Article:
Kochetkov explained that Chechen society technically follows three types of law: Russian federal law, Islamic Sharia law, and Adat, Chechen customary law. While each of these systems is mutually incompatible on certain issues, the most empowered side in a conflict can choose whichever system of law suits them best. In Chechnya, the losing side in a domestic dispute is frequently the woman. For example, when a wife leaves her husband, Adat grants exclusive custody of the children to him. As the main risk for women who want to flee Chechnya is the loss of their children, Kochetkov said he was aware of some cases where the husband has had to be evacuated alongside the wife who is trying to separate from him.

As such, when a Chechen woman runs away from home, continued Kochetkov, her family will often use all the means at their disposal to retrieve her, including everything from threats of violence to enlisting law enforcement.

“A woman’s family will try to get her name on the federal wanted list, meaning that police all over Russia will be searching for her,” Kochetkov said. “The reasons can be absurd. But once they find her in any part of the country, the police are obliged to notify the department [back in Chechnya] that filed the missing case. Once they know where she is, the family immediately comes over. And then the police have to repatriate her to Chechnya whether she likes it or not.”

Yet another group of hidden victims, concluded Kochetkov, are the wives of gay men who have fled Russia. The stigma attached to them and their children is truly enduring.

I said farewell to Kochetkov and his flags, and left the office uncertain as to how to proceed. That evening, my hosts and I sat around the kitchen table wondering which of our acquaintances might have female LGBT friends from the North Caucasus – somebody who might shed light on the everyday challenges and struggles of a Chechen lesbian. The topic turned out to be such a taboo that potential interviewees, all of them friends of friends, gave me a wide berth. They had enough problems to deal with.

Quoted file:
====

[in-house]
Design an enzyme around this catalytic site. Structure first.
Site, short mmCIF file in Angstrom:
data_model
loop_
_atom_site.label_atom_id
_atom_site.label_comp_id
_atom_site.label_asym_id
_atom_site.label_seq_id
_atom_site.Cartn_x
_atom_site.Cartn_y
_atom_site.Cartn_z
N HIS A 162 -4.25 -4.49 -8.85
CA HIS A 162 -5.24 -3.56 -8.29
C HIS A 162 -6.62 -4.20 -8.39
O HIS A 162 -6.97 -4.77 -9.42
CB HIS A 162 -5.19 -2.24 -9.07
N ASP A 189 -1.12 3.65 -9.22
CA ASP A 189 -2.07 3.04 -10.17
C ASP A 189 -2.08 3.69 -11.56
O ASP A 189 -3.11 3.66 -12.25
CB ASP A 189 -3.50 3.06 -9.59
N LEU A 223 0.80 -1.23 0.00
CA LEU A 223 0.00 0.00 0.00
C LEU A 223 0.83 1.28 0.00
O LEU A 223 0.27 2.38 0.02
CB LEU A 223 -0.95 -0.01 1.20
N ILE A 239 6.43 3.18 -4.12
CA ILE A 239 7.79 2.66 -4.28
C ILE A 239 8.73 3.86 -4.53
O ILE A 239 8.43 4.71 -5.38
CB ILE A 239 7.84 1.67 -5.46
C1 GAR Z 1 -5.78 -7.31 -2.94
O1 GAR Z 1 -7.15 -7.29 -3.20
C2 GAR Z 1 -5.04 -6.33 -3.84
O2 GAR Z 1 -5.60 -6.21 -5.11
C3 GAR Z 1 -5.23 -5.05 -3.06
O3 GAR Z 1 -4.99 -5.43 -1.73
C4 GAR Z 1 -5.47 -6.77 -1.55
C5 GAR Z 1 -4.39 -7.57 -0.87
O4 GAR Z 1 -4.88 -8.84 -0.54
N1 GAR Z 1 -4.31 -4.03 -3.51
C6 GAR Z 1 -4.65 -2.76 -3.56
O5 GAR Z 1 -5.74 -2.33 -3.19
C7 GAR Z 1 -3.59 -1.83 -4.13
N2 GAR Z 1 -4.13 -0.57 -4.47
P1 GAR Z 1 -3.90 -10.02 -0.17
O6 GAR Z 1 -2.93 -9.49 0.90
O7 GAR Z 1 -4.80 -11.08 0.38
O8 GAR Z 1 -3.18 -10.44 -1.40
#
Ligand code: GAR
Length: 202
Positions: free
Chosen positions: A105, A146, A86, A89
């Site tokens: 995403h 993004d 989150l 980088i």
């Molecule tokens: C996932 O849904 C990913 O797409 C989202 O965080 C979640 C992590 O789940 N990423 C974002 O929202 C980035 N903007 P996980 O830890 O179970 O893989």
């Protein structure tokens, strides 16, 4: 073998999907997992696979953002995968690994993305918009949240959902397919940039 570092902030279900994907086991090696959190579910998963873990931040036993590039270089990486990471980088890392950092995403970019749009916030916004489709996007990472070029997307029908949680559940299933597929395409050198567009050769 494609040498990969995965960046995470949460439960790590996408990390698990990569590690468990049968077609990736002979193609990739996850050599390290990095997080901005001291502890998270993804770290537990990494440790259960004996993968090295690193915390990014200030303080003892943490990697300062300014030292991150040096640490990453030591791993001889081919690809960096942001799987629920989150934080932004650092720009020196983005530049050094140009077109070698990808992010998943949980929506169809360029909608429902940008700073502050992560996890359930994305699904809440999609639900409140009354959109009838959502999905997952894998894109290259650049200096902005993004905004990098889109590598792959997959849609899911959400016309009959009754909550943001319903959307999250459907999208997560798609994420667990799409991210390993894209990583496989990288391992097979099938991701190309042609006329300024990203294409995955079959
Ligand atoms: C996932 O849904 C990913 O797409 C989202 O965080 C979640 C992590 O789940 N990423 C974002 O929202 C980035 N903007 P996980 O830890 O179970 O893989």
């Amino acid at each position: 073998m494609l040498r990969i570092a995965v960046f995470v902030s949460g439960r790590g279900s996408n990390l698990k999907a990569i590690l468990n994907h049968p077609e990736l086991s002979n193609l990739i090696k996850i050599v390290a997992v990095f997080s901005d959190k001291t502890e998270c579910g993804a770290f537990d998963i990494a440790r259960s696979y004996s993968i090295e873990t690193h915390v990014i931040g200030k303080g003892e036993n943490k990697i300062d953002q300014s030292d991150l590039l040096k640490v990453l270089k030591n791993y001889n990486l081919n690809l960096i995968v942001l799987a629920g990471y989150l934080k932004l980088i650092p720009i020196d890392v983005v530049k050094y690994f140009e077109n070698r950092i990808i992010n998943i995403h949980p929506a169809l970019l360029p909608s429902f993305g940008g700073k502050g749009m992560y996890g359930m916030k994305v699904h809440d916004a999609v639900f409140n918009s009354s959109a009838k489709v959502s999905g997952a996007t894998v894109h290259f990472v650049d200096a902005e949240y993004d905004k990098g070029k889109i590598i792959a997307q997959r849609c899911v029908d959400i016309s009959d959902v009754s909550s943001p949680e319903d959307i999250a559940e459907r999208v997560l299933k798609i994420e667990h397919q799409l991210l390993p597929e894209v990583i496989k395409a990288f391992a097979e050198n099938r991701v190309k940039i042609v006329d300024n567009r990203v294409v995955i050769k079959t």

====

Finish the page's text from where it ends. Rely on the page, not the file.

Just as my search began to feel fruitless, I learned that there were other, unexpected ways for these women to speak to me.

The next day, I was wading through props and decorations mounted up in a backstage corridor of a theatre in St Petersburg, and stumbled on Zhenya Muha’s workshop. This tiny room of three metres square seemed even smaller under the watchful gaze of dozens of puppets: Zhenya’s handiwork. A little embarrassed by my interest, she took a while to speak while I hesitated, self-conscious of being the pushy journalist.

Zhenya is from the North Caucasus, and identifies strongly with the social context in Chechnya. It’s a place, she says, where women live in fear; a place where women are confined physically and socially to their homes by lieu of their gender identity, and forced to remain silent throughout it all. Zhenya’s latest play, titled Voices, depicts the lives of two lesbian women and two trans women who fled Chechnya after receiving death threats. (Voices has recently finished its final rehearsal, and is due to premiere in St Petersburg in fall 2019.)

Harsh realities have forced Zhenya to become something of a ventriloquist. In 2017, she interviewed four women, whose lives she has dramatised for the first and last time. For security reasons she never spoke to them again. It’s sound reasoning. If the families of her heroines ever get in touch demanding to know the whereabouts of their daughters, wives, or sisters, Zhenya can truthfully tell them that she knows nothing.

All four heroines are played by puppets on stage. As in Zhenya’s other plays, the scene employs rich symbolism to depict their inner worlds without exposing the identities of the original storytellers. A fifth character will represent the Qu’ran, though what exact form it will take on stage has not yet been determined. The Qu’ran will be the focus of a dialogue highlighting the contradictions in modern interpretations of the sacred text, and those at the heart of Chechnya’s LGBT purge.

“I don’t just want to bring these four women onto the stage,” explained Zhenya. “I want to show the horror that these women experienced through the collective imagery. A puppet as a narrator can say even more than live actors. They can depict violent scenes without shocking the audience, but also without losing a deep emotional impact.”